The Olympus 12-200mm f/3.5–6.3, with sample image

Fujifilm‘s new XF 16mm f/2.8 R WR lens is small, lightweight, and promises quick and quiet autofocus. The lens is weathersealed at nine different points, and is designed to operate normally in temperatures as low as 14°F.

Nikon has announced a classic professional’s standard zoom, redesigned for the mirrorless Z series. The NIKKOR Z 24–70 f/2.8 features a customizable control ring and L-Fn button, as well as a clever OLED readout for aperture, focal length, and other pertinent information.

Canon, too, is fleshing out their full-frame mirrorless line this year, with an emphasis on professional-quality releases. The six new RF lenses under development (tentatively) include:

  • RF 85mm F1.2 L USM
  • RF 85mm F1.2 L USM DS
  • RF 24-70mm F2.8 L IS USM
  • RF 15-35mm F2.8 L IS USM
  • RF 70-200mm F2.8 L IS USM
  • RF 24-240mm F4-6.3 IS USM

Prices, specifications, and release dates are all subject to change, but it’s nice to see a hint as to where Canon will be taking the RF mount in the near future!

It’s not just Panasonic working hard to make a splash with the L-mount. Sigma will be releasing L-mount versions of 11 prime lenses from their Art line—the cream of their crop. They will also be performing mount conversions for any of their Global Vision lenses, should you be interested in switching systems. The complete list includes the 14mm f/1.8, 20mm f/1.4, 24mm f/1.4, 28m f/1.4, 35mm f/1,4, 40mm f/1.4, 50mm f/1.4, 70mm f/2,8 Macro, 85mm f/1,4, 105mm f/1.4, and 135mm f/1.8 Art lenses. Release dates are to be determined. What are you most excited to use on your new S1R?

Last but certainly not least, we are looking forward to three new lenses from Tamron, including a compact wide zoom (17-28mm f/2.8) for the E-mount to complement the 28-75mm f/2.8 Di III RXD. In F- and EF-mounts, compatible with full-frame sensors, they will be producing a low-aperture travel zoom (35-150mm f/2.8-4) and an SP ultra-fast prime (35mm f/1.4). Watch for preorder availability!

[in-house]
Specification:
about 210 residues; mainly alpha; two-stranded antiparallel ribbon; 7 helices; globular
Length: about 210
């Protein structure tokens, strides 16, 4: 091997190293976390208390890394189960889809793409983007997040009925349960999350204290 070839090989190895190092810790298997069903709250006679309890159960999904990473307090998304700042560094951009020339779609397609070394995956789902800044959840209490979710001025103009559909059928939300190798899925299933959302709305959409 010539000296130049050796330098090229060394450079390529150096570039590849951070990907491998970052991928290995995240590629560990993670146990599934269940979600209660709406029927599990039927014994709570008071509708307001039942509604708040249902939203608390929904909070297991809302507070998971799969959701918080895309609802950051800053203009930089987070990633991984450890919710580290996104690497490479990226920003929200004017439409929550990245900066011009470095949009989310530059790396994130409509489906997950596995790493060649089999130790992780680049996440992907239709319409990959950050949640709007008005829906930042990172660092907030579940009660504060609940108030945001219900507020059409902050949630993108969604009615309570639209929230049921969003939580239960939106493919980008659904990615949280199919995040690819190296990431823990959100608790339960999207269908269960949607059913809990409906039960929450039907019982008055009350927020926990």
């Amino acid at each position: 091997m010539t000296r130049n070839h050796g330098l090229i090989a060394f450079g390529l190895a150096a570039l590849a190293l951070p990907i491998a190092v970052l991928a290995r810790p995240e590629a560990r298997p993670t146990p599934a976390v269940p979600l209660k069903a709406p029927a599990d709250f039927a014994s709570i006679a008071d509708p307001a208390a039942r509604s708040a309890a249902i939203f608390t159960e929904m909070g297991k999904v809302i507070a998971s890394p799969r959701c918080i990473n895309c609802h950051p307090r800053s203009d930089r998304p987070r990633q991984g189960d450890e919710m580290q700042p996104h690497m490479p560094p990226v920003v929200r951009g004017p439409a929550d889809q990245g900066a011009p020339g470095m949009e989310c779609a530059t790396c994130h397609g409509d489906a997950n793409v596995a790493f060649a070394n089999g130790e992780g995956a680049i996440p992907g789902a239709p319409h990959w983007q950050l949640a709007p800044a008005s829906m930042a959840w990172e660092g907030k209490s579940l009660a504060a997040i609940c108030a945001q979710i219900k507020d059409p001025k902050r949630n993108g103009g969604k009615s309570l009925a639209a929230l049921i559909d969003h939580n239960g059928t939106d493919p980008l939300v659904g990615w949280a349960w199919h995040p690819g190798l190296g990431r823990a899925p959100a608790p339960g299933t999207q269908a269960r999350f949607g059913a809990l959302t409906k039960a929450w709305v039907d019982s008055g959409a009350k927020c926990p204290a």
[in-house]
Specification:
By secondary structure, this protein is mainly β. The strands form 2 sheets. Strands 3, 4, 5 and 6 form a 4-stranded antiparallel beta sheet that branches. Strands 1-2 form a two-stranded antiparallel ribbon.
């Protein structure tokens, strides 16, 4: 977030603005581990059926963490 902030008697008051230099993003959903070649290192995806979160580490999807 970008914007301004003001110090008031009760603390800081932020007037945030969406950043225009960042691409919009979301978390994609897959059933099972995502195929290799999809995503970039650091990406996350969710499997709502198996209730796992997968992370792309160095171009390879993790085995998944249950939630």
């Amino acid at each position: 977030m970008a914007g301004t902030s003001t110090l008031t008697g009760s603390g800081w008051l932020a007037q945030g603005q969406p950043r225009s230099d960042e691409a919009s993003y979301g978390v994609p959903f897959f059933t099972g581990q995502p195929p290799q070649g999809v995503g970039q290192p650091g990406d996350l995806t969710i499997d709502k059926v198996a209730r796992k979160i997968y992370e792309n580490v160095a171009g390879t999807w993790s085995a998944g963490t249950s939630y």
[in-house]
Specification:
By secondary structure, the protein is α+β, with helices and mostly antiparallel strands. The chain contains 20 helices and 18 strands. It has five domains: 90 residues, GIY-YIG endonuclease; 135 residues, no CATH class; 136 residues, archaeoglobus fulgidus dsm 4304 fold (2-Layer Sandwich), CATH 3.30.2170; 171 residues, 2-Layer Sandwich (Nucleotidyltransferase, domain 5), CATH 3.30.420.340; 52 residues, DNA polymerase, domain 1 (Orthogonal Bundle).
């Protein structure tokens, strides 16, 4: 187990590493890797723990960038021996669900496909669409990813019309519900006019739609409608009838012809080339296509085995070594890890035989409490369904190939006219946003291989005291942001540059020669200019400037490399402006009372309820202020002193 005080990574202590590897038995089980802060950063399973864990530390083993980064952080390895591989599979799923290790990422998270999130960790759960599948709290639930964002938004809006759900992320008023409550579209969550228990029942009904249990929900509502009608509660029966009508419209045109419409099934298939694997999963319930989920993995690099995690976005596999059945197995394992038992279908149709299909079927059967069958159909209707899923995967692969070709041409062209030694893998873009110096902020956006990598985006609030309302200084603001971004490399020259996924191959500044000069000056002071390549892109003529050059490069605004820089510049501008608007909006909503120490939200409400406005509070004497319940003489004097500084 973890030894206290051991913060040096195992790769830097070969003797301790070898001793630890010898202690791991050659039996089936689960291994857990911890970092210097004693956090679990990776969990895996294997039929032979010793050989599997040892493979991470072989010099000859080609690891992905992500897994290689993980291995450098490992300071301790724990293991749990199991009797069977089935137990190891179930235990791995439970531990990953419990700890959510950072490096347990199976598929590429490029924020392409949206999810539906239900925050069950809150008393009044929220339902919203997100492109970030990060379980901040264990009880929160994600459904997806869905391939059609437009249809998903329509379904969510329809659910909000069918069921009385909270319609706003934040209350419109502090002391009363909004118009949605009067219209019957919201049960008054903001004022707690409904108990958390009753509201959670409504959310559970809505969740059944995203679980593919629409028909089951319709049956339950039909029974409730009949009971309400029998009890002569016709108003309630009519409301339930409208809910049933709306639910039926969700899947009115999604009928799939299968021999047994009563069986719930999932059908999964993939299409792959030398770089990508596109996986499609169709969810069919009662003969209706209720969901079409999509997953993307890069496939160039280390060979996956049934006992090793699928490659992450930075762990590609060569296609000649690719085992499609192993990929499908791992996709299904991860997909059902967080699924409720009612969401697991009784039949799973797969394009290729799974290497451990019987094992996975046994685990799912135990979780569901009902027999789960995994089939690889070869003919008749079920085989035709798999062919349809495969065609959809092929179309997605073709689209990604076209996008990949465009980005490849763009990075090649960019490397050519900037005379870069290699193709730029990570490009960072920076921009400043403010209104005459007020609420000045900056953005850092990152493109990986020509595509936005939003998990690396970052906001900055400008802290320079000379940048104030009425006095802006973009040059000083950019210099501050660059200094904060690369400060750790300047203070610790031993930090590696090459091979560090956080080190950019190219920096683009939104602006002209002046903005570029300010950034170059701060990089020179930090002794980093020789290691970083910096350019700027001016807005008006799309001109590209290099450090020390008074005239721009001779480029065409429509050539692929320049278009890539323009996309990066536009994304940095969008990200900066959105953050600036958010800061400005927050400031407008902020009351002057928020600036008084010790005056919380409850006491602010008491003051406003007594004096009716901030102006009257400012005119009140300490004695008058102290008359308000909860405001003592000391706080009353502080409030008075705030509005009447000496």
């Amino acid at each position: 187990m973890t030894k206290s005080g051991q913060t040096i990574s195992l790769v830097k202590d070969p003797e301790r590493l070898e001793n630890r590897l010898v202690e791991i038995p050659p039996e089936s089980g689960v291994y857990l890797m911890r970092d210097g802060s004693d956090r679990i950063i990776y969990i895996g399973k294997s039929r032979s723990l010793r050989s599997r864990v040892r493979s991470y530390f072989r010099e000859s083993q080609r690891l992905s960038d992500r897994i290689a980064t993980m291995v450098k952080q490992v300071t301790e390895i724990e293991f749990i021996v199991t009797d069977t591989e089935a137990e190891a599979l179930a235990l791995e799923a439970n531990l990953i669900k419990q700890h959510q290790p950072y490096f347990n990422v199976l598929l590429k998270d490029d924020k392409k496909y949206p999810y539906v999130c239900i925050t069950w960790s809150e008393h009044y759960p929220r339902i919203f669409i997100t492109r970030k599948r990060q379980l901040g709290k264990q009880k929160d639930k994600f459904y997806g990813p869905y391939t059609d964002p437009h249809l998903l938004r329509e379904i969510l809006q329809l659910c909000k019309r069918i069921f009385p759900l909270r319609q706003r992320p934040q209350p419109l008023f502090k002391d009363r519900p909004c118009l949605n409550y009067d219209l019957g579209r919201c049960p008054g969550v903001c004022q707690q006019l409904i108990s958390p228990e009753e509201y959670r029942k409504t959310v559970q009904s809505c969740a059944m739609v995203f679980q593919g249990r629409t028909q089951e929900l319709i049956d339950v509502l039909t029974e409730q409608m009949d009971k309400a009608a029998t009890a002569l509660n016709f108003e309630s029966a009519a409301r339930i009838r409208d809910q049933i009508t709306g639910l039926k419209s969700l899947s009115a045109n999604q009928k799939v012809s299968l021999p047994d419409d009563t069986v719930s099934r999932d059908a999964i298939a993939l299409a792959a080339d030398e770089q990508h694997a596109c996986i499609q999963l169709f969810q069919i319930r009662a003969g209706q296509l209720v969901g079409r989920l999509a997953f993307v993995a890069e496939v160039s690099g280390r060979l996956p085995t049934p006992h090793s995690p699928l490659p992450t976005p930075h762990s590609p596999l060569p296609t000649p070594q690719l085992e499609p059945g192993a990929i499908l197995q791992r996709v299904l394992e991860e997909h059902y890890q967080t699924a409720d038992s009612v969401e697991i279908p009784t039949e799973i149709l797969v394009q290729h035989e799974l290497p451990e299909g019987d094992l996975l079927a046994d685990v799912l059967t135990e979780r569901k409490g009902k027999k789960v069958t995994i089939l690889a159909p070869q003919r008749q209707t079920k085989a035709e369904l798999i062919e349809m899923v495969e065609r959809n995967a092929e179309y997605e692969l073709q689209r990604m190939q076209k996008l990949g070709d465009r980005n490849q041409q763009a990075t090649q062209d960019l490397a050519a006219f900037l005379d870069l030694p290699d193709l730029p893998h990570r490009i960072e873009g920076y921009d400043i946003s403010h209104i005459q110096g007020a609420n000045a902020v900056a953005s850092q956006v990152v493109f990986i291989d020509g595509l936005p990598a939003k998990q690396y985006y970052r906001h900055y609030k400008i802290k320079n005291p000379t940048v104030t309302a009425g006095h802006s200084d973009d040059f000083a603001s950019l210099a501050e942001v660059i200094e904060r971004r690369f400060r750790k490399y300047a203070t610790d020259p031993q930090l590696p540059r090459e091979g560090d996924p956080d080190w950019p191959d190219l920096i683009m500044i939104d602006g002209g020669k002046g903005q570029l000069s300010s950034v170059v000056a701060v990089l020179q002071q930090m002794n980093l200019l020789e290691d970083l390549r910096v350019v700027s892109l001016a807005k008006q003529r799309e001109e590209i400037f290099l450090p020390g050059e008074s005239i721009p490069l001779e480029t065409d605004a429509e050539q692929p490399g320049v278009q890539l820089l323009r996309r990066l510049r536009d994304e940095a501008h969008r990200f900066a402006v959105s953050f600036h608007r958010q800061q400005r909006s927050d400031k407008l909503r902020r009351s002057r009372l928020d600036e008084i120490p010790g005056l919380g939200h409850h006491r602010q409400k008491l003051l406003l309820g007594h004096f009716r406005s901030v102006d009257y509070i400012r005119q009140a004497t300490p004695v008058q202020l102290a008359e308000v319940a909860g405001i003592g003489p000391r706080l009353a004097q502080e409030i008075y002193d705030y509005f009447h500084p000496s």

Bigger zooms, slimmer bodies

Before we get into the new point & shoots…

Deal alert!

While the camera is not new to Mike’s, the price on the Olympus TG-4—a worthy member of the venerable Tough line—is worth pointing out. The TG-4 is rugged, compact, handsome, and shoots a nice pic above or below the water, and it’s on sale now! Our stock won’t last forever at this price, so order as soon as you know that its right for you.

As for the rest of the latest news in compact camera developments, we’ve got five of the freshest around coming soon to Mike’s Camera. The Fuji XP140 is a cute, capable, durable camera, strong enough to handle a day on the water and small enough to make it easy to carry every day (plus, it comes in a few different colors so you can tailor your EDC to your own aesthetic).

For Nikon and Panasonic, the name of the game is packing the most zoom in the smallest, most capable body. The Nikon B600 sports a 60x optical zoom, but never loses focus thanks to its minimum focus distance of a mere 1 cm (!!!) in macro mode. The price, of course, is a “bridge camera” body style, which allows for better tech but isn’t exactly pocketable. For the shooter who needs something in a truly compact body, the Nikon A1000 is just the thing: while its zoom only magnifies 35x, it uses the same back-illuminated sensor as the B600 and adds RAW support as well as an option to shoot 4K/15p video.

Panasonic, meanwhile, has refreshed two of the most popular lines in the Lumix stable. Like Nikon, Panasonic has announced one bridge camera and one truly pocketable point & shoot. The bigger brother, the Lumix FZ1000M2, holds a 25–400mm equivalent lens in front of its relatively large 20.1 MP 1″ sensor. In addition to a new and improved sensor, the M2 has a control system completely redesigned from the FZ1000‘s, allowing for much-improved manual control via buttons and dials. Replacing the ZS70 is the ZS80, improving the lens and the viewfinder significantly and adding Bluetooth functionality for improved image transfer.

And… a surprise!

Remember the GNARBOX, the crowd-funding success story so nice I had to review it twice? In case you missed it, it’s a self-contained photo/video mobile storage unit and pocket processor, enabling you to edit RAW photos and 4K video on the go. Word is that there’s a 2.0 version featuring an improved processor, replaceable battery, and checksum data confirmation (among other improvements), and it’s coming to a Mike’s Camera near you! Watch for more information on this very blog.